(with Excel)

Fig.1, UV-Vis spectra, example of deconvolution of 2 overlap peaks, using this software |

Speaking about "peaks" is better use a common description, please read the following troubleshooting before continue.

With this small piece of software we do not like to solve all of previous problems, but only to find the 2 or 3 peaks able to produce a shape as in fig.1.

One of the first applications of Chemometrics was the resolution of peaks overlap; today we have Parafac, Paralind, MCR and sometime PLS used for this. But this is too complex for my students as a first time approach.

Also there are a lot of routine for Matlab/Octave or for "R" devoted to peaks deconvolution. But it is still difficult for my students to grasp all parameters used in those routine and often the subtended errors.

Accounting all I said previously, I select Excel to deconvolute peak. It is not a new idea and you can be inspired reading the following:

- From Prof. Thomas C. O'Haver, University of Maryland; some excel procedures for Spectral Deconvolution, please take a look,
- Dr Roger M. Nix, Queen Mary, University of London; the develop of the famous eXPFit, a peak-fitting template for use with Microsoft Excel for the analysis of XPS and other spectral data,
- From Dr. Stuart T. Gentry, LaSalle University; an Excel deconvolution spreadsheet and the instructions to use,
- Inside the book of E. Joseph Billo (Excel for Scientists and Engineers, John Wiley & Sons, 2007) you can find a simple spreadsheet for spectra deconvolution. See the web pages of students Ruth Pontoriero with this spreadsheet,
- From Dr. Leroy E. Laverman, UC Santa Barbara; instructions how to Curve Fitting with Solver.

In the Fig.1 you can see the blue line, the raw data. The main peak probably ended at 250nm but another peak appears up to 370nm. This is a typical spectrum of water coming from the lake or river, using Suprasil cuvette with path length of 10mm.

Is better to spent some time on the blue spectrum:

- the main peak show a distortion, (some spectrophotometer could compress the data over 2.0 of absorbance), also the form of the peak is not symmetrical, lacking on the left parts (190nm is the limit of the instrument) and, finally, there is few noise "inside" the data,
- of course the peak is not a Normal curve, nor a Lorentzian, nor a Cauchy curve, and probably not a Woldemar Voigt profile
- but having probably only 2 peaks overlapped is better to have a Spectral Shape, see the examples in the link,
- the second peak, probably at 290nm, is too small and we cannot describe it better. In this case the spectrometer is near the noise and near the LOQ. This is another problem that we have to focus on.

Avoiding confusion we are doing a Curve Deconvolution, we found 2 or more peaks hidden under the Curve. Curve Fitting is a different mathematical work, finding a simple or complex equation able to describe the curve and able to minimize the distance among measured points and to obtaine the equation. To make a tentative of Deconvolution we must do more and more simplifications as:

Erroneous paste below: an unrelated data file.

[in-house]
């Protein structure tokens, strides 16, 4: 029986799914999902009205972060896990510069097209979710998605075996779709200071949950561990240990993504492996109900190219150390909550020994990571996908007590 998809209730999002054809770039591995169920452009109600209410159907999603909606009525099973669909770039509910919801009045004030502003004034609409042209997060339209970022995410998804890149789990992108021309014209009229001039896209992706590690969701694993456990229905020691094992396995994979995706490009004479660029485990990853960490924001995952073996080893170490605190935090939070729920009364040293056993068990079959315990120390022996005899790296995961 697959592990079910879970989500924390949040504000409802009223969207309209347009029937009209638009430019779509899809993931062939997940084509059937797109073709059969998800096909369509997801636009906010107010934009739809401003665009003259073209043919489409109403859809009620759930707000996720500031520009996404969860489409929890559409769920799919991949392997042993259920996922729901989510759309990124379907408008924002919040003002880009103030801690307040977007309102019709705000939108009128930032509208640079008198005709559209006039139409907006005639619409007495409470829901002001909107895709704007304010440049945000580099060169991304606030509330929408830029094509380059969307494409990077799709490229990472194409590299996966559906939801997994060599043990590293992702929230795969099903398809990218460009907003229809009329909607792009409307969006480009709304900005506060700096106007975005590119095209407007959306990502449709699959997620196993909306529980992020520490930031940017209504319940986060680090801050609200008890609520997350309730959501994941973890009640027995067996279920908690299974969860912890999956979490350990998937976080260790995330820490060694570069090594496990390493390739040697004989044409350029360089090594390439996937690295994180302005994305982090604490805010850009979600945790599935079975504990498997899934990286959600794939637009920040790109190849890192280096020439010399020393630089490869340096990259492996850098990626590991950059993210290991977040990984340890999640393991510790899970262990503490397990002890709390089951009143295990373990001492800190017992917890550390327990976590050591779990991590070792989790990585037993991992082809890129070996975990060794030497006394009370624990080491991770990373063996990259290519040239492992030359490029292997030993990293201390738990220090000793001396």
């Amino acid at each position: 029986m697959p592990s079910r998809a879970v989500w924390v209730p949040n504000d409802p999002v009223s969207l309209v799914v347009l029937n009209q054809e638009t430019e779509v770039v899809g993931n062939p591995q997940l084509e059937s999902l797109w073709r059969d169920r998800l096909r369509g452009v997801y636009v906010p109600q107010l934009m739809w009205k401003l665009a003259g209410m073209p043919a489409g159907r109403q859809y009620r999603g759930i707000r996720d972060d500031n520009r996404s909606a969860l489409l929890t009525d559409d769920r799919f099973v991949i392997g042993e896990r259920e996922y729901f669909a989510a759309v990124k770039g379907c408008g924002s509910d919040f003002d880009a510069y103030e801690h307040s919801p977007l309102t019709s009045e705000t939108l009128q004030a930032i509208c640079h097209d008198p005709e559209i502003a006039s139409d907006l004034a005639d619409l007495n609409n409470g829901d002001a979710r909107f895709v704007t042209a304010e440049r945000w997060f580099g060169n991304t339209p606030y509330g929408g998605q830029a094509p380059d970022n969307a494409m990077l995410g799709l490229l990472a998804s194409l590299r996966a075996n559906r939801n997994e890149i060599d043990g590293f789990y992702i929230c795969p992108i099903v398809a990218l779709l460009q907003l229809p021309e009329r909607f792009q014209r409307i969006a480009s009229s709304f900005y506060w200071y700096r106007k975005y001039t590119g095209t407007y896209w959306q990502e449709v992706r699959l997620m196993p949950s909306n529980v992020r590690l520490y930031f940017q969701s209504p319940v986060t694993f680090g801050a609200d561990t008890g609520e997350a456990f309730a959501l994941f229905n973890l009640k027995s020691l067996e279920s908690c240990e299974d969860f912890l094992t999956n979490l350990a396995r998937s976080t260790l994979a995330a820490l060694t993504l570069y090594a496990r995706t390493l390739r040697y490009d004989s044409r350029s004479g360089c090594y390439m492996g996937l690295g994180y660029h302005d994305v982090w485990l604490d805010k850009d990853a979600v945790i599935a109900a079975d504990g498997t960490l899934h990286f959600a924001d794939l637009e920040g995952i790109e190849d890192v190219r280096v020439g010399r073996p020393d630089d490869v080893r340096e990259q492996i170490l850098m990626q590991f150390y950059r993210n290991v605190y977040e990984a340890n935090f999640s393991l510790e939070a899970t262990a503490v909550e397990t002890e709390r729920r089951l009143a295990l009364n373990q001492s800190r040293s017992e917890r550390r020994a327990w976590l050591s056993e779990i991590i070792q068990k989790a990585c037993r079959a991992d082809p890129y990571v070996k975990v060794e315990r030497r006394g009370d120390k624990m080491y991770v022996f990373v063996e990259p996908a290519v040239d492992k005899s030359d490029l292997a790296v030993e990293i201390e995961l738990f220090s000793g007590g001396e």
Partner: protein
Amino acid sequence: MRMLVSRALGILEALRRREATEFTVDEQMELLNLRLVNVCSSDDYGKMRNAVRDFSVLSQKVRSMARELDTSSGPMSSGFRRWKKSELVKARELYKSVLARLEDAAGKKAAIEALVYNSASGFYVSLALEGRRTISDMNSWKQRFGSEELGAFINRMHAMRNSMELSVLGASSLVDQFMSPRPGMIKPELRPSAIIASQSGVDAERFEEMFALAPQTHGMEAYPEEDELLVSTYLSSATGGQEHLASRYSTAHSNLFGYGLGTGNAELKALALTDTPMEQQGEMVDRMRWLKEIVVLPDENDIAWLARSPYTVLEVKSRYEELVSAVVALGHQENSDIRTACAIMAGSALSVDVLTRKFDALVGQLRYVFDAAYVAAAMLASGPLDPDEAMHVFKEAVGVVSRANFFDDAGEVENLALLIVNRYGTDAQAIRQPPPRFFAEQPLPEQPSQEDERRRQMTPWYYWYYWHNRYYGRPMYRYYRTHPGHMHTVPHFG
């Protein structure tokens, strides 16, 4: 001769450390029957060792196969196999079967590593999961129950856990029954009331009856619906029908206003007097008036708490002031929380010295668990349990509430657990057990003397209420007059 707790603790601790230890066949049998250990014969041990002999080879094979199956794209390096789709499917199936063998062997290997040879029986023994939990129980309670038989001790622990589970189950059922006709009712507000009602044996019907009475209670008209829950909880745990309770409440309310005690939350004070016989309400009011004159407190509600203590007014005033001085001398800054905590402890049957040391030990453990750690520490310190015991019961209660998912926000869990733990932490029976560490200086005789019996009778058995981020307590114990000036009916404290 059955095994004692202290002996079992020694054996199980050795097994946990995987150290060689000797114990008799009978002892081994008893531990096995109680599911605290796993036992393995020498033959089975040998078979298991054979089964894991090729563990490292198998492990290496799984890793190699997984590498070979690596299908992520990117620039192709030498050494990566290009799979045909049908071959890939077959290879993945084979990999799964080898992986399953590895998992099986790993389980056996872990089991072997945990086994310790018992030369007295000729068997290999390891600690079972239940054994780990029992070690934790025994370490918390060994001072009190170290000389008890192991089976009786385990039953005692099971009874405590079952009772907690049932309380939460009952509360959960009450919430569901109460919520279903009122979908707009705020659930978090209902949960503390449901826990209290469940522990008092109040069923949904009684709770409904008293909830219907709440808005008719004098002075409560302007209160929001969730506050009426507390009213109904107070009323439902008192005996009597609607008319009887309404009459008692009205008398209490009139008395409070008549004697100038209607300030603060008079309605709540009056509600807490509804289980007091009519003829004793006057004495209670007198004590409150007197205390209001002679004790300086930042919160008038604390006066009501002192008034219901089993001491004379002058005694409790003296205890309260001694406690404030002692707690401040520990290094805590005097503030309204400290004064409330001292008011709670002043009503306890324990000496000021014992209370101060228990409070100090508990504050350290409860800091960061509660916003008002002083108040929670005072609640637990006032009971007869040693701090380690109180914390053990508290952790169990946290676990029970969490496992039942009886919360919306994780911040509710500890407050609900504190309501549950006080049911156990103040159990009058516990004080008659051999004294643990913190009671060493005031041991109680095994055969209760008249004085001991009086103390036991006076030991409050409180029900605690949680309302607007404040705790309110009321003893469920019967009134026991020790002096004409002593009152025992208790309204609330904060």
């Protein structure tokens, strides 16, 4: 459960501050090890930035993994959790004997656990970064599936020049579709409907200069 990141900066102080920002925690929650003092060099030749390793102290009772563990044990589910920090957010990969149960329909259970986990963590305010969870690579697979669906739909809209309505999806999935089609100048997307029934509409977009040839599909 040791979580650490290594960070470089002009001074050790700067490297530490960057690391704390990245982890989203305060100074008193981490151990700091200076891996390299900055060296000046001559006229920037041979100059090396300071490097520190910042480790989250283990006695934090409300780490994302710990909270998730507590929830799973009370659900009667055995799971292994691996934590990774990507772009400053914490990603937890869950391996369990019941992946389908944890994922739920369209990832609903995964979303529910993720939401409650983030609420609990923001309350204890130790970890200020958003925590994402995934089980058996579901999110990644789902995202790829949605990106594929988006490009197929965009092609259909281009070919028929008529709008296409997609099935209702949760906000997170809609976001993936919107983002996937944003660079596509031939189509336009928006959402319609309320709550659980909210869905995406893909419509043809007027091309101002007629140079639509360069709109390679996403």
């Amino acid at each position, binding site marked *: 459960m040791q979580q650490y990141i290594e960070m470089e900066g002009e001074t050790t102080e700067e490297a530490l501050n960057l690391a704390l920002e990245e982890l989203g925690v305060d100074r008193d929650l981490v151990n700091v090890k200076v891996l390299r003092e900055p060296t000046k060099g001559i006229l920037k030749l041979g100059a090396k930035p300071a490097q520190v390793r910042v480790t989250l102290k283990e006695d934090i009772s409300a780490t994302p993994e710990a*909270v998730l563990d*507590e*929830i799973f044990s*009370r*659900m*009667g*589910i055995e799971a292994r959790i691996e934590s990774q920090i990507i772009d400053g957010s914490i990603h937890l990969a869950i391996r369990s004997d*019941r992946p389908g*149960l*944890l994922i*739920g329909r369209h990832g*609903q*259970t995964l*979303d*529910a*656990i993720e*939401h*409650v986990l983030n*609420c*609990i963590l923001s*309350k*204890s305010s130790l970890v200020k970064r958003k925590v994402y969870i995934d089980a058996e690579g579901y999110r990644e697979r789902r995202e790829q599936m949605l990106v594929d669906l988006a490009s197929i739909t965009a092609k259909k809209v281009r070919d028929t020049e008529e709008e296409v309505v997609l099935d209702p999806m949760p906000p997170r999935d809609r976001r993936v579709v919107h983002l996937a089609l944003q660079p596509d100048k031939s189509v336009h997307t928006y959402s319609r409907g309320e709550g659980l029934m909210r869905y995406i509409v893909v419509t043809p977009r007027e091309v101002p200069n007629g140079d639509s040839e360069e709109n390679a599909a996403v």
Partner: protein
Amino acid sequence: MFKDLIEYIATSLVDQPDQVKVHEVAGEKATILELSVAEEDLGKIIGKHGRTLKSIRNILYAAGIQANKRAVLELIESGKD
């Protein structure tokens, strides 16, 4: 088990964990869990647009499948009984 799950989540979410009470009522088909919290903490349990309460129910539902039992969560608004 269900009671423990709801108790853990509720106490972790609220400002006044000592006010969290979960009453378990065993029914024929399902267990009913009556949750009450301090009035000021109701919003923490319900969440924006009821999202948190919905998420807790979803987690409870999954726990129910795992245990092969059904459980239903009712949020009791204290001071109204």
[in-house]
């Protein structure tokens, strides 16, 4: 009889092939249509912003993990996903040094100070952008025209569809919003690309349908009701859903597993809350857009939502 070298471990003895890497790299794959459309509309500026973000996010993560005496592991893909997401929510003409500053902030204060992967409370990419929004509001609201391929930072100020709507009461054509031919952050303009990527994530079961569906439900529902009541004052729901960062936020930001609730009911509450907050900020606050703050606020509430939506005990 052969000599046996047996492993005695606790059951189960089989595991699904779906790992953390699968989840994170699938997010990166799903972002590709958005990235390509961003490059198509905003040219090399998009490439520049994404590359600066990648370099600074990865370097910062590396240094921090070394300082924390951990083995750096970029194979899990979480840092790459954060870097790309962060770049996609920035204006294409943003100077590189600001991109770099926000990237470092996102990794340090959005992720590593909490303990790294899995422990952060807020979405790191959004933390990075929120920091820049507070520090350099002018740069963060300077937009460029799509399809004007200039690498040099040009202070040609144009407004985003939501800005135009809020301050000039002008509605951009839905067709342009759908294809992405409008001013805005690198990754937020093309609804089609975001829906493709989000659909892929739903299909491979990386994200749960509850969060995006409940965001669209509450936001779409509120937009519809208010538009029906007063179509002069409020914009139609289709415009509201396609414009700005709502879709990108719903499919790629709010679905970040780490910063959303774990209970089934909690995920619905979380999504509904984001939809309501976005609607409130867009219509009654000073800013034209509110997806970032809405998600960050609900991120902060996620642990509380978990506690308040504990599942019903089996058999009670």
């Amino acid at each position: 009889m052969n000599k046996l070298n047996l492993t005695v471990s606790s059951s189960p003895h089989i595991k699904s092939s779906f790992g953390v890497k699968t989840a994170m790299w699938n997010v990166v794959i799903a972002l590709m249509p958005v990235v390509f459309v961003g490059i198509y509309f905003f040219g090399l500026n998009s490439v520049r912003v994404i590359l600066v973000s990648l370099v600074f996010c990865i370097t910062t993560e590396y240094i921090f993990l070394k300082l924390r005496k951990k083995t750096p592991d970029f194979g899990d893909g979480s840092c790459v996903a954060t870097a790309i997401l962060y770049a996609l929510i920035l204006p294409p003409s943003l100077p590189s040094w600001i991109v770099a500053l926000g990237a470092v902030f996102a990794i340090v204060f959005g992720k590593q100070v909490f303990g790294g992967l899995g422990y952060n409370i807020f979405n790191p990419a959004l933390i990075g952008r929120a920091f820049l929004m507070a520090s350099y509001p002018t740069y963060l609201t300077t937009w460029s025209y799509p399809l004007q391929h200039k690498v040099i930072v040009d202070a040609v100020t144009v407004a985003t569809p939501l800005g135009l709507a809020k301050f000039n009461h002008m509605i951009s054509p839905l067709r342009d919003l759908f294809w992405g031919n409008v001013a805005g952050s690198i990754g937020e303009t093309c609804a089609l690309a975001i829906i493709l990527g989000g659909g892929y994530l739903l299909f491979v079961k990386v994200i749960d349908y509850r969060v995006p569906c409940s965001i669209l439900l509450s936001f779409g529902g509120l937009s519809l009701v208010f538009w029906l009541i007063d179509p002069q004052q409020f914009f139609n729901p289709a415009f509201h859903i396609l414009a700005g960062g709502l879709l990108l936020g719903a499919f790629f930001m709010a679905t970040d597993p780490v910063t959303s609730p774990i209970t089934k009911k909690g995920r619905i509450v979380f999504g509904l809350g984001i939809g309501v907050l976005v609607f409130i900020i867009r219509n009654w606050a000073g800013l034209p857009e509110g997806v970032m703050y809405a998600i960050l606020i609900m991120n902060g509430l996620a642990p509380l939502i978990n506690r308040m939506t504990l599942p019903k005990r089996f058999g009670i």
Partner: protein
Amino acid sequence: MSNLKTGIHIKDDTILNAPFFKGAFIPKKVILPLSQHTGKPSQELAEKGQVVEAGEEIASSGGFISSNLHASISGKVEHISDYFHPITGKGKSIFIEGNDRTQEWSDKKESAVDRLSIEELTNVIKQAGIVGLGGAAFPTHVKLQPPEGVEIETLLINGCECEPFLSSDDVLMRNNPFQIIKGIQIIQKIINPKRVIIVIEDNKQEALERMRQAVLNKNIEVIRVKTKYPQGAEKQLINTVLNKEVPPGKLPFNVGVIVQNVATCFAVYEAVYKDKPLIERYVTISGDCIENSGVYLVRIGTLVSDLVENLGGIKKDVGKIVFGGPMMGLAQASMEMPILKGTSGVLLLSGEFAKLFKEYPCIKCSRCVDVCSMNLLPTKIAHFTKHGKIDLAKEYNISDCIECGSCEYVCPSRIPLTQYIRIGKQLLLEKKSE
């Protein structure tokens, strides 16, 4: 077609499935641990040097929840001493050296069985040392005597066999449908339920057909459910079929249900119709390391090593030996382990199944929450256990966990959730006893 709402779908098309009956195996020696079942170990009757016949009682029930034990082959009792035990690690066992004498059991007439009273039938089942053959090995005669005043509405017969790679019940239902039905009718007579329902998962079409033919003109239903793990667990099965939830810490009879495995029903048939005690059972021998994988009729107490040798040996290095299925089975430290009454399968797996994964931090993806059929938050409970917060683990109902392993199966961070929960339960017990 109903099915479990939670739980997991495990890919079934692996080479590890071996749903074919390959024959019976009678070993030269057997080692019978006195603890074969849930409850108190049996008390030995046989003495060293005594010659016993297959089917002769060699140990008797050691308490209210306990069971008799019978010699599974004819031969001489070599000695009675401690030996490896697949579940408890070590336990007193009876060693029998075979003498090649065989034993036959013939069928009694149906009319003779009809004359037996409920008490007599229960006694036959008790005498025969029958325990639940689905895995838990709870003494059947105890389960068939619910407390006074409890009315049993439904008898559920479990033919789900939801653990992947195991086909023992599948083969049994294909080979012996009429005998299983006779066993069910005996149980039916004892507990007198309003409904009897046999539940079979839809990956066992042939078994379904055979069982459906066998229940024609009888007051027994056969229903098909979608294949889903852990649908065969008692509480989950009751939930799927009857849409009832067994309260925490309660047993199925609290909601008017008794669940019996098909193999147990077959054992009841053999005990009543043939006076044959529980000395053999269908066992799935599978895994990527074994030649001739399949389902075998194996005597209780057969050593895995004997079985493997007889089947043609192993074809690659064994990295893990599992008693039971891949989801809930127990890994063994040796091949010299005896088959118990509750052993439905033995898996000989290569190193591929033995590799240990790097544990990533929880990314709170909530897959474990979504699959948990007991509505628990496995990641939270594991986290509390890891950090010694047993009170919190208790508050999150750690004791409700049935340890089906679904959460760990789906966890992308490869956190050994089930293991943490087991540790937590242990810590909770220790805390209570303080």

- the 2 curve must be simulated with an "easy to describe" distribution, as Gauss, Lorentz, Gosset, Cauchy, with formulae easy to be implemented in a spreadsheet, (and easy to be understand by undergraduate students),
- assuming the cumulative spectra is only the mathematical sum of the 2 distributions,
- assuming a linear correlation between raw data and the 2 simulated distributions (as in Multiple Linear Regression),
- assuming the 2 hidden peaks to have the same shape and distribution type,
- do not account possible fronting or tailing in one or more hidden peak,
- for calculations find some variables to be optimized, design your Constraint on data, find a target,
- use a form of iterative calculation, as Bootstrap, Montecarlo, Random walk, Brute force, or similar,
- having and idea of possible centre values and width for the 2 subtended hidden peaks.

For the point a) some researchers suggest the use of the Normal, Gaussian distribution as first step, and as an alternative the use of the Lorentz distribution (the type is linked with the detector of the instrument).

Fig.2, on the left the Lorentz formula, the Gauss formula on the right. With: a=amplitude, dx=width HWHM, x0=maximum value |

For iterative calculation we can use **Solver**. Describe Solver is completely out of the scope of this page, if you are not a spreadsheet's wizard leave out this page immediately.

Solver is available in Libre Office, Open Office and MS Office. Only to obtain compatibility we use Excel 2003 with standard Solver. There is a free GPL version of Solver named OpenSolver (it exists SolverStudio, free, but they use rather more commercial routines).

If you like to know more on Solver use the links in this OpenSolver web page.

To understand the calculation inside this software is better know something about LINEST function (see at Colby college, and on MS support), on the use of NORMDIST (on MS support, and on ExcelUser).

This free software was distributed under Creative Commons Public License, CCPL 3.0, see my Copyright web page. Please read accurately the Liability Waiver in red.

There are a few different versions, all work on MS-Excel 2000, up to MS-Excel 2003, some was tested on MS-Excel 2007 and 2010 version. All files are in .ZIP format to reduce size, available:

- deconvolution of 2 overlapped peak using Gauss distribution, 512 values for data set:
*GVisco_deconvoltution1.12_2Gauss.xls*, - as previous but with space for 1024 values in data set:
*GVisco_deconvoltution1.12_22Gauss.xls*, - deconvolution of 3 overlapped peak using Gauss distribution, 512 values for data set:
*GVisco_deconvoltution1.12_3Gauss.xls*, - as previous but with space for 1024 values in data set::